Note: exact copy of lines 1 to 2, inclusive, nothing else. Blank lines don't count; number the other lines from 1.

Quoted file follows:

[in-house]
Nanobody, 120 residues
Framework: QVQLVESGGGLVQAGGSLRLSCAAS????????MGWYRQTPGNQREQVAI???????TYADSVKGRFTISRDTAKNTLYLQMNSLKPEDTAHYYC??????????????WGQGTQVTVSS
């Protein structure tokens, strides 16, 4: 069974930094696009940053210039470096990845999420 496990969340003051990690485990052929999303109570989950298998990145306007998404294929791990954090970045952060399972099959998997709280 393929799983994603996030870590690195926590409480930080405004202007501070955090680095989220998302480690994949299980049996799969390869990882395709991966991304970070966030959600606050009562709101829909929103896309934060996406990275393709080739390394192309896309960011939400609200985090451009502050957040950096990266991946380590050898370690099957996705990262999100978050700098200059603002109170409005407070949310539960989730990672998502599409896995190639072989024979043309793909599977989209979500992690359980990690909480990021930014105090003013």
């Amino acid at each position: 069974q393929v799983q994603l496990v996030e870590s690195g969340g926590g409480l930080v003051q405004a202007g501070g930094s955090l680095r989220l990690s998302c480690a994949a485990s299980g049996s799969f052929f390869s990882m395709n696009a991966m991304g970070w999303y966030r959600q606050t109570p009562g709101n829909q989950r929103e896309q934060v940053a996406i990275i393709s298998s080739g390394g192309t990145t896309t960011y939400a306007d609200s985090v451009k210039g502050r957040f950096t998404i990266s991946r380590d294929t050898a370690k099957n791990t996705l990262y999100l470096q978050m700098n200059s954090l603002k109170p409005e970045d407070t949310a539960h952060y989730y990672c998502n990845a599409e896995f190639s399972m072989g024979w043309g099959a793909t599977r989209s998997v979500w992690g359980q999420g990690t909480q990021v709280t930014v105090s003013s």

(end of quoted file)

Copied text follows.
[in-house]
Nanobody, 120 residues